You may have thought the days when companies used scantily-clad models to promote their wares were well and truly over. Not so, it seems, at Saltex – the trade show for sports groundsmen, landscape gardeners and parkies – where one exhibitor tried to lure potential visitors with an email featuring two models parading in their underwear.
The campaign, sent by pitchcare.com on behalf of horticultural equipment company Etesia UK, stated “Meet the Etesia Calendar Girls at Saltex! …at the NEC Birmingham”.
It included a picture of two pouting women wearing cut-off shorts, leaning on a motorised lawnmower. A second picture, linked to an embedded video in the email, showed the same women in their underwear with one woman holding a hedge trimmer.
In the video, the women were shown posing on or near horticultural equipment in either their underwear or bikinis, or with their tops removed, although still wearing bras.
Two scenes featured the women, sitting on a lawn mower wearing tops, high heel shoes and brief underpants, which revealed their buttocks. The camera zoomed into the buttock area before moving upwards.
The women, both wearing skimpy underwear, appeared together on the lawn mower, one sitting with the other standing behind her, which emphasised the standing model’s groin area, before the camera panned out. Towards the end of the video one of the models was briefly seen adjusting her breasts and at the end of the video the women blew kisses at the camera.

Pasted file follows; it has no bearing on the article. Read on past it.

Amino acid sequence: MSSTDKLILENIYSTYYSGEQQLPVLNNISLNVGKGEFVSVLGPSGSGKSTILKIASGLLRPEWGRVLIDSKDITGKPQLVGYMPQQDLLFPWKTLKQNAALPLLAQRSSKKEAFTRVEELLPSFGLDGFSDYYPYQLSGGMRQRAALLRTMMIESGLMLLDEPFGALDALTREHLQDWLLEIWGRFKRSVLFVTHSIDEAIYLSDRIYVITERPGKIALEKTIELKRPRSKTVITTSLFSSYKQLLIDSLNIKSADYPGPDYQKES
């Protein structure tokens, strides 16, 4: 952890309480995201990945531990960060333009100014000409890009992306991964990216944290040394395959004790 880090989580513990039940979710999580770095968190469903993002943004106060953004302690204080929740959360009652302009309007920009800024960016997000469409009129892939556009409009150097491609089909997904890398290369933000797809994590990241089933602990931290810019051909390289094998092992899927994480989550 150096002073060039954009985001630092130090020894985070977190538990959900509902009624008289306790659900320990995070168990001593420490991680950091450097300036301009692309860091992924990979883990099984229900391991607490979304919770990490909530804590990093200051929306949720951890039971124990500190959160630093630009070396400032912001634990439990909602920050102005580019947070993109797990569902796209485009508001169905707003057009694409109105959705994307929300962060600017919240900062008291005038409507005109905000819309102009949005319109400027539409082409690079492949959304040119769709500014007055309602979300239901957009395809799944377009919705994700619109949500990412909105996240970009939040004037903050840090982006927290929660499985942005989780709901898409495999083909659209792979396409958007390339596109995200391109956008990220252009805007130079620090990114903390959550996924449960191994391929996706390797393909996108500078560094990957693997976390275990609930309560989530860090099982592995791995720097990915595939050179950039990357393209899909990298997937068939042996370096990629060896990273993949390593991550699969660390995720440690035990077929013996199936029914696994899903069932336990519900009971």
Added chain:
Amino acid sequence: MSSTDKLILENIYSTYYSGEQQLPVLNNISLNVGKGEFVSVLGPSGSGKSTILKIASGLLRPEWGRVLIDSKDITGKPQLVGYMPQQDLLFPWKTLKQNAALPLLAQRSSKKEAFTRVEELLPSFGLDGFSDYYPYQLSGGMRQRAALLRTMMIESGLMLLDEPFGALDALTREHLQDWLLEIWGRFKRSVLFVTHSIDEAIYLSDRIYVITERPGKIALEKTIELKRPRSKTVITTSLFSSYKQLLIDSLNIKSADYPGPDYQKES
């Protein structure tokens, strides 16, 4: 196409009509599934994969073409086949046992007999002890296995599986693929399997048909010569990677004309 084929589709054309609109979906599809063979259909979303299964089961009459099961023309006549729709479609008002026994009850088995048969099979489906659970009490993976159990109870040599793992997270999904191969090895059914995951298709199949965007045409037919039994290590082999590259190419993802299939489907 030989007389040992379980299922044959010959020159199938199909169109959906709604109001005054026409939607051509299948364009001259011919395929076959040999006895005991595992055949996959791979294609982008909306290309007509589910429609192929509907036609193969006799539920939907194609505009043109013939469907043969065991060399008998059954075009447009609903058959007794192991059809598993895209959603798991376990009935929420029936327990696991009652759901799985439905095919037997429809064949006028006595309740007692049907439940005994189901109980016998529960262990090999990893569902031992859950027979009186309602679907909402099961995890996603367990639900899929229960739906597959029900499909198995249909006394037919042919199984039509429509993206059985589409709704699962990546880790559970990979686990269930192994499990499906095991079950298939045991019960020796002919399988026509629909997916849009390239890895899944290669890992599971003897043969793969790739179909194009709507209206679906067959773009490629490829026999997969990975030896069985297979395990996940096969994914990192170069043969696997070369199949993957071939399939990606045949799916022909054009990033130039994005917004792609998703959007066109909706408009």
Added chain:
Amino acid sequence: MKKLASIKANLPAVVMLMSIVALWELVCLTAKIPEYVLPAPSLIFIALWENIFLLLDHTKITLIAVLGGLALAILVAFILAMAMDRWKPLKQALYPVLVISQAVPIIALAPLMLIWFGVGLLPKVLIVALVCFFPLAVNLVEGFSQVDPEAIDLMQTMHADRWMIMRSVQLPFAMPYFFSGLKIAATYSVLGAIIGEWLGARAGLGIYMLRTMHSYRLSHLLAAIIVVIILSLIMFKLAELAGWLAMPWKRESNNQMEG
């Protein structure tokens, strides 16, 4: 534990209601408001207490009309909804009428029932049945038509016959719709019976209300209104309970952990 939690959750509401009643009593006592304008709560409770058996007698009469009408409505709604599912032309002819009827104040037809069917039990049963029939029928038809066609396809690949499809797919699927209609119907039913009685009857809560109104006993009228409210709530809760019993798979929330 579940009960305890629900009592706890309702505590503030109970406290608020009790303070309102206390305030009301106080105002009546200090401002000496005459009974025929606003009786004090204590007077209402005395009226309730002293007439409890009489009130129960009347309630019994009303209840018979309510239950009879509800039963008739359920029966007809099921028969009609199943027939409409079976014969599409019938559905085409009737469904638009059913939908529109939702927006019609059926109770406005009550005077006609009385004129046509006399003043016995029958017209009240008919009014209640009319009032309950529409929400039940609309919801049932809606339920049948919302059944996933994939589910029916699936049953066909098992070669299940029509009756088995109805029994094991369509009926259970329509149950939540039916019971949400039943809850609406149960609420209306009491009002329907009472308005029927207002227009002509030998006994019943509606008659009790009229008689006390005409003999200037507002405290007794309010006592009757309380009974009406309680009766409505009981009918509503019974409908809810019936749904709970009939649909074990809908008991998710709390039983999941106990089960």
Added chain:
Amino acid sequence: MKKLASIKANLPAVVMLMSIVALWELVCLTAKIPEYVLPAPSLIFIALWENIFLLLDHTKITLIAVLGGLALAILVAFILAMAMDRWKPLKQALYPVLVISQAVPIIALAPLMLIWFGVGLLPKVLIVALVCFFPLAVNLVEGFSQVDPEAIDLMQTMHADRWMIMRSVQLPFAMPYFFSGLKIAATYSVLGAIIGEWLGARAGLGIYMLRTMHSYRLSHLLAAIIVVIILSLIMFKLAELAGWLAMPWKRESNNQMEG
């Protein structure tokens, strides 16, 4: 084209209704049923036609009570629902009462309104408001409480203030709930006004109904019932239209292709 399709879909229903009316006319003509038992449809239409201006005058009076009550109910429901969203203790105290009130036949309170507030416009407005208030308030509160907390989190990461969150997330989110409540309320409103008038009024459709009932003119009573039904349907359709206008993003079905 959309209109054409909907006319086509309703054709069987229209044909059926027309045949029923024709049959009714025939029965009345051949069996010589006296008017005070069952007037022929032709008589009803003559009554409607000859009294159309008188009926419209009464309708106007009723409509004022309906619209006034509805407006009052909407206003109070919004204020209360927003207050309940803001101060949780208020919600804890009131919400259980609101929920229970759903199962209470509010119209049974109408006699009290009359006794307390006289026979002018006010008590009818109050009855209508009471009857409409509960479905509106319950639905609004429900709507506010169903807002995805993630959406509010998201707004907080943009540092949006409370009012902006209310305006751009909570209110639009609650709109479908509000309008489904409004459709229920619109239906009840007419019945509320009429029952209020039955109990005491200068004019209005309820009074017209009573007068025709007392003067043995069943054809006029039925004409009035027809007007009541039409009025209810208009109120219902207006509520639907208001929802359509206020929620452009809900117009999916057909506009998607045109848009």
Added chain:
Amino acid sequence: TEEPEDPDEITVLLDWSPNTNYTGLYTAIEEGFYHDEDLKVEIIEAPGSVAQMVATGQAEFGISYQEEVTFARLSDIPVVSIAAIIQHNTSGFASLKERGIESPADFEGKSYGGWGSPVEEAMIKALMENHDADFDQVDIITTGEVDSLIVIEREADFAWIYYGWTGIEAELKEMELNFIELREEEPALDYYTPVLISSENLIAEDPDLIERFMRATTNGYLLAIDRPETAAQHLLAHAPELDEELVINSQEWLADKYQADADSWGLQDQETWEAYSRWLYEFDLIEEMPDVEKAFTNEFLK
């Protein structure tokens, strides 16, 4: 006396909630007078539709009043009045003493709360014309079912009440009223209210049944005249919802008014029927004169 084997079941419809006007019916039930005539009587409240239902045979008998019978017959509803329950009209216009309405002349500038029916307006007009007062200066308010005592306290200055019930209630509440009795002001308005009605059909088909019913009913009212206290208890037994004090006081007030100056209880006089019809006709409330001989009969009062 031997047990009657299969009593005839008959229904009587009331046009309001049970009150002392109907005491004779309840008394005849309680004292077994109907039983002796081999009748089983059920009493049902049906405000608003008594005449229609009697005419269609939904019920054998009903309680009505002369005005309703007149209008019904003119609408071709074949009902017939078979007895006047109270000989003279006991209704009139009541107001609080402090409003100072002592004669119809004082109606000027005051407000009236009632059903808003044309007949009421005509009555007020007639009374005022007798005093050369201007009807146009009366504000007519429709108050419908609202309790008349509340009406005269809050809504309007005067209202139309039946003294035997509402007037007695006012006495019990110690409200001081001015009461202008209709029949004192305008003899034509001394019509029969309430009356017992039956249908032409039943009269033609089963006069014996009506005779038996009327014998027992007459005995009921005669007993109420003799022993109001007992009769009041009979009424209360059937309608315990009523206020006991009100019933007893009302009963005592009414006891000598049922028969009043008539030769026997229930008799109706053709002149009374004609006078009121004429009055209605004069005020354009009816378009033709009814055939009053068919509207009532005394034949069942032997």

One recipient was far from impressed, however, and rifled off a complaint to the Advertising Standards Authority, challenging whether the images in the email were offensive, because they were sexist and objectified women.
For its part, the ASA took it upon itself to investigate the embedded video, believing it too was sexually suggestive and objectified women.
In its defence, Etesia said that to ensure the acceptability of the content and the welfare of the models, the production of the calendar and video was carried out by an entirely female team.
Etesia UK believed neither image was sexist and pointed out that the second image had been used by 17 trade publications in non paid-for editorial articles and had also been used by one magazine as their front cover. It added that it was not unusual for marketing communications of this type to be used in their industry.
However, the ASA remain unconvinced by these arguments, ruling that showing the women in their underwear while using gardening equipment for no other reason than a calendar shoot, presented the women as sexual objects.
Meanwhile it also considered that the video was likely to be seen as objectifying, and therefore demeaning to, women.
Banning the ad on the grounds of both harm and offence, the regulator warned Etesia about its future activity.
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